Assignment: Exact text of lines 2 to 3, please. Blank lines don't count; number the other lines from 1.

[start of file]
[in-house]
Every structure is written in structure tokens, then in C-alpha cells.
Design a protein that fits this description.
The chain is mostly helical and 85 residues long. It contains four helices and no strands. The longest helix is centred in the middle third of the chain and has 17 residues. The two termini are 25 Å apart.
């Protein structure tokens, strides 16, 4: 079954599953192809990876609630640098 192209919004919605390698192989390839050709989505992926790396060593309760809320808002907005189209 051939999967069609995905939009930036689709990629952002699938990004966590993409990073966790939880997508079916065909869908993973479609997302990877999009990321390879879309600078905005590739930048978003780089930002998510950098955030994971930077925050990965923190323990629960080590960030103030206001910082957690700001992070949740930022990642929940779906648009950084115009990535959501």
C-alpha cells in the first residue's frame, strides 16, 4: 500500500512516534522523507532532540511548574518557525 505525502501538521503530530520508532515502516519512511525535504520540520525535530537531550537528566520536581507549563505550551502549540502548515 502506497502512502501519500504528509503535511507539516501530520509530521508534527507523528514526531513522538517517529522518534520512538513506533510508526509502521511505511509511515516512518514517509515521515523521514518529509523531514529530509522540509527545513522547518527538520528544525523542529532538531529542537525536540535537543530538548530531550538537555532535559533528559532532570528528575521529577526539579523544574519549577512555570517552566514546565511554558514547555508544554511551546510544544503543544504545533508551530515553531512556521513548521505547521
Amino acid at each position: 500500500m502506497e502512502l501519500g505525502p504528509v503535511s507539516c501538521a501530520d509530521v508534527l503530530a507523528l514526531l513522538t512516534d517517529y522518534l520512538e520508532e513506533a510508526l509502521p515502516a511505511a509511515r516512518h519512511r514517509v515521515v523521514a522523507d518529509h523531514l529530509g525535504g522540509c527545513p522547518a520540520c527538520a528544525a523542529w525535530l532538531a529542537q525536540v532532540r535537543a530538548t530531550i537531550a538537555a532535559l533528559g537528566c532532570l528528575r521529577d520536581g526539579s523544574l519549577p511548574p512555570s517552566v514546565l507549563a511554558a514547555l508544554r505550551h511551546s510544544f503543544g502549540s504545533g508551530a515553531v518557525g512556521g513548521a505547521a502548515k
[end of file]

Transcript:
Every structure is written in structure tokens, then in C-alpha cells.
Design a protein that fits this description.